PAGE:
Returning to the film’s historical context in the moment of its making, it is worth stressing that in making his work, St. Auby did not disavow the interests that the authorities encouraged artists to pursue. Indeed, he eventually came to call his art “Neo-Socialist Realism—the mutant child of Socialist Realism and Fluxus."[11] Yet the censorship and persecution he faced highlighted the narrow-mindedness and disingenuousness of the official calls for art with and about the common worker. Adam Szymczyk has noted at least one similar case in Poland where successful exchanges between heavy industry workers and artists took place during the First Biennial of Spatial Forms in Elbląg in 1965. Yet by 1968, “the workers were maneuvered into a clash with young intellectuals and given the role of the defenders of the nation and socialism, against the ‘Zionists.’”[12] Working in Yugoslavia in the late 1960s, Želimir Žilnik also faced considerable difficulties in making such films as The Unemployed and Black Film, which highlighted the failed promises of socialism in the name of making it stronger and truer to itself. After his own immigration to Germany and return to Yugoslavia, Žilnik continued to tell workers’ stories in films such as Vera and Eržika, a more down-to-earth counterpart to the socialist utopianism of Centaur.  — Ksenya Gurshtein

With thanks to Tamás St. Auby, Petra Csizek, Ludwig Museum–Museum of Contemporary Art, Budapest, and Sonja Simonyi for their assistance with research and help in making a screening of this film possible in Washington.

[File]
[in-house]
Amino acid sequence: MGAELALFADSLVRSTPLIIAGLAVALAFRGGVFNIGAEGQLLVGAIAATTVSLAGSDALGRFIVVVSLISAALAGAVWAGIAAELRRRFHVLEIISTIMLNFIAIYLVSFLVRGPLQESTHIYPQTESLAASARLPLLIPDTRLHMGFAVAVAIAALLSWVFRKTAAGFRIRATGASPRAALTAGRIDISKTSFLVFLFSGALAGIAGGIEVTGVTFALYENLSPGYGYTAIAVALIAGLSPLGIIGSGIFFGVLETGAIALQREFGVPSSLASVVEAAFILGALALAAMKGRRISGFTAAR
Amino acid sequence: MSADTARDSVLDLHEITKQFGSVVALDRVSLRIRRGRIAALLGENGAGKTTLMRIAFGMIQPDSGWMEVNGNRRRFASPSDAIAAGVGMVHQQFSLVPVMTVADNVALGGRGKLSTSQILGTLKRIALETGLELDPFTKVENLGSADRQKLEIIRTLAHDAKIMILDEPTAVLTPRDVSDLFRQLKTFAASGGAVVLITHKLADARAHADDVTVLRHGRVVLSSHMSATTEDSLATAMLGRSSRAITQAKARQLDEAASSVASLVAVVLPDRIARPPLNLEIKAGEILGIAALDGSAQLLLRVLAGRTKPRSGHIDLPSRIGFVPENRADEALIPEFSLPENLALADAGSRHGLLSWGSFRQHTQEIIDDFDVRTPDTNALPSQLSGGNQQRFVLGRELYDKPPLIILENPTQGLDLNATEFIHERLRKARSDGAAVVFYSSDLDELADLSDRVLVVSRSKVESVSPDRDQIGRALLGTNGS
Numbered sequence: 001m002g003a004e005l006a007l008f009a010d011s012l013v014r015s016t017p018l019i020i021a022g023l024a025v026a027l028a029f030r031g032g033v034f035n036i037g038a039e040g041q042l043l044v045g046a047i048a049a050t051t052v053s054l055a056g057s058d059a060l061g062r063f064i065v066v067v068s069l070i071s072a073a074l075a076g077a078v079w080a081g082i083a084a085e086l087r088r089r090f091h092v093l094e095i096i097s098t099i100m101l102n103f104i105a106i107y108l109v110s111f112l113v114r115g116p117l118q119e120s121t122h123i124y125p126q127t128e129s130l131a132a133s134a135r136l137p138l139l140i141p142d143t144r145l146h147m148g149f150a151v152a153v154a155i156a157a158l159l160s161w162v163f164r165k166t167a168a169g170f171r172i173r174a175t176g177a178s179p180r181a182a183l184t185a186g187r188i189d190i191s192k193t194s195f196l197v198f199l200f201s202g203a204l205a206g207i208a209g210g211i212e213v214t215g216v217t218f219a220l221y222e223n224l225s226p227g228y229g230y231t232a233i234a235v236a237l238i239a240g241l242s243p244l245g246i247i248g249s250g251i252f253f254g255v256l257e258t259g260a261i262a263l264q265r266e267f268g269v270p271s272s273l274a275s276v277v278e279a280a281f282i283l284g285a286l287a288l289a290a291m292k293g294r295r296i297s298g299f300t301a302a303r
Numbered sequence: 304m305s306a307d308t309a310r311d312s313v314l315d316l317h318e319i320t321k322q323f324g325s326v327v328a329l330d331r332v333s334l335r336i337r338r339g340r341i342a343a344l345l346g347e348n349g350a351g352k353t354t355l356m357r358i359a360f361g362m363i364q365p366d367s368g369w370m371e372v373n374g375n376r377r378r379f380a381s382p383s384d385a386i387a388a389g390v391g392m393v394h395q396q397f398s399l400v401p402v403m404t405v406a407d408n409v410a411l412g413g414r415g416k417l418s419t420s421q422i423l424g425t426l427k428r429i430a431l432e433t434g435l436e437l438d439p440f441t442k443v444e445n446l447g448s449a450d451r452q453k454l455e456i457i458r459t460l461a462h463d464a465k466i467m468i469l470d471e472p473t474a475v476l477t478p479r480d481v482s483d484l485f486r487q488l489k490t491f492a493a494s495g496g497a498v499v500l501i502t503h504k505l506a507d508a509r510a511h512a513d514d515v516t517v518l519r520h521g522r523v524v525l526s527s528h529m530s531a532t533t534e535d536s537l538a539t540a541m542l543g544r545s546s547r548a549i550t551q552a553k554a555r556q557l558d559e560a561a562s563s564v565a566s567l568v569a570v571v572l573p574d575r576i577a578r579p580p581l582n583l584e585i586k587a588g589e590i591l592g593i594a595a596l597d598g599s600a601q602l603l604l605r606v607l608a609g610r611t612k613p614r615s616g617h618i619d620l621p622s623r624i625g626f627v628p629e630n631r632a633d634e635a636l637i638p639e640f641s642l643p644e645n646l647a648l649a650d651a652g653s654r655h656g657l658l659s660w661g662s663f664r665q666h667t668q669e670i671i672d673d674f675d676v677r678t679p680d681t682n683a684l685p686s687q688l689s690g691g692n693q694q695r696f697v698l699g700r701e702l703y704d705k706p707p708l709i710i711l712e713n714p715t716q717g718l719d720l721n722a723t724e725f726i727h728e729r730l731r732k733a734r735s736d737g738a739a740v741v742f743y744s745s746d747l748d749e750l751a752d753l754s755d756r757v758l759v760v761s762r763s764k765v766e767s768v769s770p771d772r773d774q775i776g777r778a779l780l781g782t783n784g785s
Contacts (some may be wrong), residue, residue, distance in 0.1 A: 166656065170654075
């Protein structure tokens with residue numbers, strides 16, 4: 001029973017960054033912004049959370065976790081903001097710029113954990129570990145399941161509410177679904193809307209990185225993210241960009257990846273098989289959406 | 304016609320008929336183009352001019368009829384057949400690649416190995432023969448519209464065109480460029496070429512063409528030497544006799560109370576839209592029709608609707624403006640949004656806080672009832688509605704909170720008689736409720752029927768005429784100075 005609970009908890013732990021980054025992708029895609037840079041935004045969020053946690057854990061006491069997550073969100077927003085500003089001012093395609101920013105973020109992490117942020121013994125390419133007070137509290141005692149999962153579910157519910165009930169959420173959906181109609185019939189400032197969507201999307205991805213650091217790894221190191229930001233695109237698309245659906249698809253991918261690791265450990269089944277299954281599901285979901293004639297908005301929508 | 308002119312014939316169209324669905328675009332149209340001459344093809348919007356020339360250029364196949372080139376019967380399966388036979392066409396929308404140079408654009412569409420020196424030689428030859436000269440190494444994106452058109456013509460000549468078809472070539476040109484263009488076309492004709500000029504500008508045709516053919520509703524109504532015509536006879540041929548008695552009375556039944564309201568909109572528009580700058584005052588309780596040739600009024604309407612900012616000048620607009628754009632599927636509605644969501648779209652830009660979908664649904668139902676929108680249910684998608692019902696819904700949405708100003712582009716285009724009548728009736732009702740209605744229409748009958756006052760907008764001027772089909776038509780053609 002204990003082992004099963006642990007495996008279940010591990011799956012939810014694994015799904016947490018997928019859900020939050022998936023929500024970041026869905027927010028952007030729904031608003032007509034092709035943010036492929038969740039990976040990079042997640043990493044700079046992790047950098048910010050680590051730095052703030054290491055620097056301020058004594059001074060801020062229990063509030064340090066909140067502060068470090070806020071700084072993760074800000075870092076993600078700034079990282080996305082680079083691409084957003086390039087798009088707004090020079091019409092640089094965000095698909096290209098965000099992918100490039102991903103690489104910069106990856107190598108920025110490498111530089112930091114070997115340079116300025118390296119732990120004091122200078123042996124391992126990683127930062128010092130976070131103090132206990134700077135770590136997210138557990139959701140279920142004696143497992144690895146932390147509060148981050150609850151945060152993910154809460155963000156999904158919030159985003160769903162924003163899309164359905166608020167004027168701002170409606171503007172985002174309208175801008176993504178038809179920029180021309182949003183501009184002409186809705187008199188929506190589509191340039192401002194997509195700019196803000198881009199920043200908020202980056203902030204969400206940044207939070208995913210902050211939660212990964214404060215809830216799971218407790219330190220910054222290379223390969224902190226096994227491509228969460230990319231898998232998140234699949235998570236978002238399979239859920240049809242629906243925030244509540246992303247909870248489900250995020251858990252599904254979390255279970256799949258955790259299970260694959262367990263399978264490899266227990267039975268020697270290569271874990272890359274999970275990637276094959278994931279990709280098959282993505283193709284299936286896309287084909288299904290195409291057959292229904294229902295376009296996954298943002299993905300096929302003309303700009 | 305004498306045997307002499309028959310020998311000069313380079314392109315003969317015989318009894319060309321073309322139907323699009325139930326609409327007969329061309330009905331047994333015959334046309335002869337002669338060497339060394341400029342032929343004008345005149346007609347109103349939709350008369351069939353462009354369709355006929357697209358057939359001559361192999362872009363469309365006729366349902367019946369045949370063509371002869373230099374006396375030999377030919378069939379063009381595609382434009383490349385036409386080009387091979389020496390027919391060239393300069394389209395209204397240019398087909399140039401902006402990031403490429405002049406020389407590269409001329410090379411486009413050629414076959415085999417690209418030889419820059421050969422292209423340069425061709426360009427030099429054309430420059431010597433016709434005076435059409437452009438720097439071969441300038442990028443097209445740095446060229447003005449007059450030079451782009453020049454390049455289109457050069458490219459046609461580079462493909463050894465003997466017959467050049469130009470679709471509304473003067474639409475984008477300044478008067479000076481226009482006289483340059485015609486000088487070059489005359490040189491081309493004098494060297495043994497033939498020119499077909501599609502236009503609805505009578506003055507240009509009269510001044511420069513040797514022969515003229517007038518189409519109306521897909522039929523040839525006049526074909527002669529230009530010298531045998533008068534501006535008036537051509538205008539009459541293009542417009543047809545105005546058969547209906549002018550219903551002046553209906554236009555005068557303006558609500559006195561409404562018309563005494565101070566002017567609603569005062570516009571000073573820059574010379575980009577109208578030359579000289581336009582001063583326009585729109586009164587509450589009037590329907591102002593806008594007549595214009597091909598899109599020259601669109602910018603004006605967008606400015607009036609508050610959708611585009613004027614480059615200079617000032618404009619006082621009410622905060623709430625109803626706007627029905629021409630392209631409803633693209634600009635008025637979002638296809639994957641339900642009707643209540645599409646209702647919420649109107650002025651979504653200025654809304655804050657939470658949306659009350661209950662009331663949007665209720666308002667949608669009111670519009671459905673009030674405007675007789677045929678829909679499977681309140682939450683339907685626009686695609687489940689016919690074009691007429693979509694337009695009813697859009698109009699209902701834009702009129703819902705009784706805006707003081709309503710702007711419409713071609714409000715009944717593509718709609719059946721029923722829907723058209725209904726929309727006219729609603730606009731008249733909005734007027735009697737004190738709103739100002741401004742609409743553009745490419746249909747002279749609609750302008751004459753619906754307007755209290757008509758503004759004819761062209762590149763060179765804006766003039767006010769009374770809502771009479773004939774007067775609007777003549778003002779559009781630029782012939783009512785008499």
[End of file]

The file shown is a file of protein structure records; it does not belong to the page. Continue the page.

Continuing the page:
1. The art historian László Beke placed the creation of this film in the context of documentary film making, for which BBS was best known in the 1960s: “Nevertheless we have a few signs that indicate that there were some people in the 1970s who thought that documentaries [were] not the only way to salvation. Centaur (1974) by Tamás Szentjóby consists of a series of scenes shot in typical documentary settings—workers eating in a factory mess hall, women hoeing, blind people weaving baskets–in which the characters were made to speak poetically radical statements that strongly contradicted their actual situation, achieved with the use of post synch.” Beke, “Hungarian Experimental Film and the Béla Balázs Studio,” in BBS Budapest: Twenty Years of Hungarian Experimental Film (New York, 1985), 8. (back to top)

2. Klara Kemp-Welch, Antipolitics in Central European Art (London, 2014), 132. (back to top)

3. IPUT (Tamás St. Auby), “Fluxus-Art-Life-Politics,” in Fluxus East: Fluxus Networks in Central Eastern Europe, exh. cat. (Berlin, 2007), 98. (back to top)

4. Klara Kemp-Welch, Antipolitics in Central European Art (London, 2014), 131–32. (back to top)

5. Klara Kemp-Welch, Antipolitics in Central European Art (London, 2014), 138–39. (back to top)

6. E-mail to the author, June 13, 2014. (back to top)

7. E-mail to the author, June 13, 2014. (back to top)

8. Klara Kemp-Welch, Antipolitics in Central European Art (London, 2014), 133. (back to top)

9. Klara Kemp-Welch, Antipolitics in Central European Art (London, 2014), 138. (back to top)

10. E-mail to the author, June 13, 2014. (back to top)

11. IPUT (Tamás St. Auby), “Fluxus-Art-Life-Politics,” in Fluxus East: Fluxus Networks in Central Eastern Europe, exh. cat. (Berlin, 2007), 109. (back to top)

12. Marysia Lewandowska and Neil Cummings, eds., Enthusiasts from Amateur Film Clubs (Warsaw, 2004), 24. (back to top)